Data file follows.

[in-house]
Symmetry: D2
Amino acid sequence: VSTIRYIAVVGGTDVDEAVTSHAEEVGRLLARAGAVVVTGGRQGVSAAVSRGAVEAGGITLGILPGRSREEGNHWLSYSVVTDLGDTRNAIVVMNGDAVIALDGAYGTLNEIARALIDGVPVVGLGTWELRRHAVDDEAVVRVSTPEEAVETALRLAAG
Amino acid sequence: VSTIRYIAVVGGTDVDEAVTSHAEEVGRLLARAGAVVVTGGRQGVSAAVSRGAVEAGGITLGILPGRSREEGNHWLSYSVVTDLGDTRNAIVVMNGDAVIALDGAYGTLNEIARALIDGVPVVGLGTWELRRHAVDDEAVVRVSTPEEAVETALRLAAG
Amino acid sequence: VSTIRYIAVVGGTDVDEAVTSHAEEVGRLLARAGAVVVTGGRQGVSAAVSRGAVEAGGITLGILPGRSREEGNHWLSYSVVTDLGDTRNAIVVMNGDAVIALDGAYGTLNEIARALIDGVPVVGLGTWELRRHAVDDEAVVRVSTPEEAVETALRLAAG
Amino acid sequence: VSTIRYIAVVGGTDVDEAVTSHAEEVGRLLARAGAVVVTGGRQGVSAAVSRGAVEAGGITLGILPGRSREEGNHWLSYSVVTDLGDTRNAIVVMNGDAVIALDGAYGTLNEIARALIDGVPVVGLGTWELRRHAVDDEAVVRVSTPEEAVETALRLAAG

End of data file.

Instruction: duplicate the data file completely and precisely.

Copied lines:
[in-house]
Symmetry: D2
Amino acid sequence: VSTIRYIAVVGGTDVDEAVTSHAEEVGRLLARAGAVVVTGGRQGVSAAVSRGAVEAGGITLGILPGRSREEGNHWLSYSVVTDLGDTRNAIVVMNGDAVIALDGAYGTLNEIARALIDGVPVVGLGTWELRRHAVDDEAVVRVSTPEEAVETALRLAAG
Amino acid sequence: VSTIRYIAVVGGTDVDEAVTSHAEEVGRLLARAGAVVVTGGRQGVSAAVSRGAVEAGGITLGILPGRSREEGNHWLSYSVVTDLGDTRNAIVVMNGDAVIALDGAYGTLNEIARALIDGVPVVGLGTWELRRHAVDDEAVVRVSTPEEAVETALRLAAG
Amino acid sequence: VSTIRYIAVVGGTDVDEAVTSHAEEVGRLLARAGAVVVTGGRQGVSAAVSRGAVEAGGITLGILPGRSREEGNHWLSYSVVTDLGDTRNAIVVMNGDAVIALDGAYGTLNEIARALIDGVPVVGLGTWELRRHAVDDEAVVRVSTPEEAVETALRLAAG
Amino acid sequence: VSTIRYIAVVGGTDVDEAVTSHAEEVGRLLARAGAVVVTGGRQGVSAAVSRGAVEAGGITLGILPGRSREEGNHWLSYSVVTDLGDTRNAIVVMNGDAVIALDGAYGTLNEIARALIDGVPVVGLGTWELRRHAVDDEAVVRVSTPEEAVETALRLAAG